Per Capita Tax Revenue Down, Down, Down – Who Cares?

When I was working in direct marketing we would spend weeks writing the sales copy for our letters and sales brochures. One thing we always looked at was how we would describe any discount we might be offering.  Say we were offering a 20% discount on a $1,000 item, we'd try and figure out which would have more impact, writing "You can save $200 by ordering right now" or "You can save 20% by ordering right now."  We didn't have a hard and fast rule, but generally the lower the dollar amount the more likely we were to use a percentage instead.  Saying you saved someone 30% is a whole lot better than saying you saved them $3 on a $10 purchase.

That memory hit me when I read this post on by my go-to guy on taxes, David Cay Johnston:

We take you now to the official data for important news. Federal tax revenues in 2010 were much smaller than in 2000. Total individual income tax receipts fell 30 percent in real terms. Because the population kept growing, income taxes per capita plummeted.

Individual income taxes came to just $2,900 per capita in 2010, down 36 percent from more than $4,500 in 2000. Total income taxes and income taxes per capita declined even though the economy grew 16 percent overall and 6 percent per capita from 2000 through 2010.

Corporate income tax receipts fell 27 percent and declined 34 percent per capita, even though profits boomed, rising 60 percent.

Payroll taxes increased slightly overall, but slipped per capita because the nation's population grew five times faster than the number of people with any work. The average wage also declined slightly.

You read it here first. Lowered tax rates did not result in increased tax revenues as promised by politician after pundit after professional economist. And even though this harsh truth has been obvious from the official data for some time, the same politicians and pundits keep prevaricating. Some of them even say it is irrelevant that as a share of GDP, income tax revenues are at their lowest level since 1951, when Harry S. Truman was president.

So to compare this to my direct marketing work, in this case we have one side of the political aisle saying "Hey we cut taxes AND raised revenue" while on the other side they're saying "Whoa, we have more revenue only because we have more people and those people are paying a LOT less in taxes than they did 10 years ago."  My reaction?  So what!?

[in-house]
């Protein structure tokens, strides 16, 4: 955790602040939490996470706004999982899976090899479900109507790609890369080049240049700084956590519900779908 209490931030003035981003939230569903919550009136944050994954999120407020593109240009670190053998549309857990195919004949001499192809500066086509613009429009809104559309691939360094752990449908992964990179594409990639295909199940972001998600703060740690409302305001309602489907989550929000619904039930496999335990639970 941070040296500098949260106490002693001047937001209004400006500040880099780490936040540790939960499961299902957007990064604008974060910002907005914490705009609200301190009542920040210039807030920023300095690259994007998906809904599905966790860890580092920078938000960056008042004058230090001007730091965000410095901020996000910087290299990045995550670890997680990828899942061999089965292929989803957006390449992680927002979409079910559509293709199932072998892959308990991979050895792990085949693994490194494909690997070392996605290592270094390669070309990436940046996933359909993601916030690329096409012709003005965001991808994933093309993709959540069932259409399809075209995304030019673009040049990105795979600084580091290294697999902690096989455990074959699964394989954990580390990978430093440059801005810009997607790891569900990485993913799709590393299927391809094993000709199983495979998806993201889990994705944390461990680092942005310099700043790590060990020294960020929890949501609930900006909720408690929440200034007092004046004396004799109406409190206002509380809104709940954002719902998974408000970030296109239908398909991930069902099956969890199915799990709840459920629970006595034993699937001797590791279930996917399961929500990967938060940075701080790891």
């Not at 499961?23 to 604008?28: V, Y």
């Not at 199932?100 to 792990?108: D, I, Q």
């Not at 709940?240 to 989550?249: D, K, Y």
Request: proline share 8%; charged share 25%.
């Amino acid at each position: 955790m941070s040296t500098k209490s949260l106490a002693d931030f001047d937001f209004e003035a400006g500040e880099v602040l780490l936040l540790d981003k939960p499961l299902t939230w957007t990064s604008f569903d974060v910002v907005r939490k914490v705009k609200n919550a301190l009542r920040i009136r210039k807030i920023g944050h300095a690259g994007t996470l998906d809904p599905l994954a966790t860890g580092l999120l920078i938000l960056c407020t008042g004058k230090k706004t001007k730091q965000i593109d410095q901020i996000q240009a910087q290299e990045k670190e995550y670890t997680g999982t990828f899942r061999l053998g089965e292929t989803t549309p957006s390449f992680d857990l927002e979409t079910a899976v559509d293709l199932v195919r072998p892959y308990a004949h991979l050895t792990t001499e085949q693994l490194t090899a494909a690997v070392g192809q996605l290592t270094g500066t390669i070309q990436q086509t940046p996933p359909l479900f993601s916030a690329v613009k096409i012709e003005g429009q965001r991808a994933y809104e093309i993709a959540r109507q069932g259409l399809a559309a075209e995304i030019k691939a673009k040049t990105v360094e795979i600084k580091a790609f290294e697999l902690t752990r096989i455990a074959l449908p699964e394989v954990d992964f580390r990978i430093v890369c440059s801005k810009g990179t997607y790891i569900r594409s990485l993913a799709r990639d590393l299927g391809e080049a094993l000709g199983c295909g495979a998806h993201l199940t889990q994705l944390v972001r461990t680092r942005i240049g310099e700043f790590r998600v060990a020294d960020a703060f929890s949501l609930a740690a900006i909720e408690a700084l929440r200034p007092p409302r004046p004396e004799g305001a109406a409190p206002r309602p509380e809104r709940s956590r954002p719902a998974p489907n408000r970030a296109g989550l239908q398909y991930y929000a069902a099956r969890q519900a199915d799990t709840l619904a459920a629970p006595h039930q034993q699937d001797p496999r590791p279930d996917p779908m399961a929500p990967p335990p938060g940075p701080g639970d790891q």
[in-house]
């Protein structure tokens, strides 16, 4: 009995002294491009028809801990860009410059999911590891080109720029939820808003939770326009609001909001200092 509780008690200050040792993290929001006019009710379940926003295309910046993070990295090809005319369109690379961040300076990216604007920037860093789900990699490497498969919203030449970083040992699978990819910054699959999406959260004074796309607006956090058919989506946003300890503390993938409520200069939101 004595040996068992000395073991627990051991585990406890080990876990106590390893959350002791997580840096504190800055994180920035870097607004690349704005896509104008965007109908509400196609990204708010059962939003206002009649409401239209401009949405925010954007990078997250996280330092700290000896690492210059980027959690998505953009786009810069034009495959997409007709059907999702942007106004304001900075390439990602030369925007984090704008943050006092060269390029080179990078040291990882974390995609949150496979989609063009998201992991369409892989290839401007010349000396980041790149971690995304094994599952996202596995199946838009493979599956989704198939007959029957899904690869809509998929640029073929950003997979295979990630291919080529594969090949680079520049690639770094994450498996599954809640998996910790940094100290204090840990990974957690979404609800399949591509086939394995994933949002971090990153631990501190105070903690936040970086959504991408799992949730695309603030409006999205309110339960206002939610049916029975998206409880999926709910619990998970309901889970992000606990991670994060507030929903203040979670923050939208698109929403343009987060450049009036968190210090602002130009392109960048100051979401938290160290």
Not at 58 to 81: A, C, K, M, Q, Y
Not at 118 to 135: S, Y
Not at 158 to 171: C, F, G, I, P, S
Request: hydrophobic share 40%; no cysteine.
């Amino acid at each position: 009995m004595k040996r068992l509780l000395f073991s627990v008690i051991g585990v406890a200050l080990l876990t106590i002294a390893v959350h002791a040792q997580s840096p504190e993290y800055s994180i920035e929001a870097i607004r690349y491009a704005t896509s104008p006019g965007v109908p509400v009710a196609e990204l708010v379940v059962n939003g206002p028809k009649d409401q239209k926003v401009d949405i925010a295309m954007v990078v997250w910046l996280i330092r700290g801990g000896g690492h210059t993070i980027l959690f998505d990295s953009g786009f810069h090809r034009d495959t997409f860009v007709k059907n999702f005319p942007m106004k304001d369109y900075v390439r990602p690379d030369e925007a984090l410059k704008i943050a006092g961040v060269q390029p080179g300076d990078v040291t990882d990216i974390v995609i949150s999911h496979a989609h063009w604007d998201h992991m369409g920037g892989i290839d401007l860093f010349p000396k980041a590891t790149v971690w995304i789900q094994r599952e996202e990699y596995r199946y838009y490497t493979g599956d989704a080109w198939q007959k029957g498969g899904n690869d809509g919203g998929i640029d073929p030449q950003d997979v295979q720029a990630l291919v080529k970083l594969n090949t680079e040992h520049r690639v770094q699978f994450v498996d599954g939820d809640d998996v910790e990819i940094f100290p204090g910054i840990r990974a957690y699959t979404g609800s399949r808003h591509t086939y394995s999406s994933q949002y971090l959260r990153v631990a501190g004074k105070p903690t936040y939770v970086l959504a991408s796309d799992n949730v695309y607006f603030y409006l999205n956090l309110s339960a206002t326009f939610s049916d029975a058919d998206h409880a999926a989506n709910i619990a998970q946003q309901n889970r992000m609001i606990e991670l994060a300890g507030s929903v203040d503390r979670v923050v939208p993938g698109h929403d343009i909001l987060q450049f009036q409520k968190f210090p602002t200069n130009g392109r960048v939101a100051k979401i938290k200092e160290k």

I know sometimes I sound like a broken record, but I really wish we could start arguing about the right things.  Instead of worrying about whether or not lower tax rates generate more tax revenue, let's worry about what we do with that tax revenue.  In other words it's totally irrelevant to me that the per capita tax rate is lower; what's relevant is that we're taking in less money per person BUT we haven't reduced how much we're spending on each person.  As I wrote in a previous post, we get caught up arguing about issues that really are irrelevant in and of themselves and lose sight of the big picture. In this particular case I think it's disingenuous of any leader to focus on how much our tax receipts have grown in the gross sense or shrunk in the per capita sense, without putting it into context by comparing it to a growth in expenses, both gross and per capita.  

To be fair, as Johnston points out later in his post, it's not that politicians aren't also talking about government spending – he highlights several conservative leaders saying that we don't have a revenue problem, we have a spending problem – it's just that we continually get bombarded with arguments like this one about tax revenues that really don't make a hill of beans of difference in and of themselves. Johnston concludes his post by saying it is a revenue problem, but between those two points he also writes that there's a need to figure out what we need our government to do and how we should pay for it. I'm going to disagree with both sides and say what I think is pretty obvious: it's a revenue and a spending problem.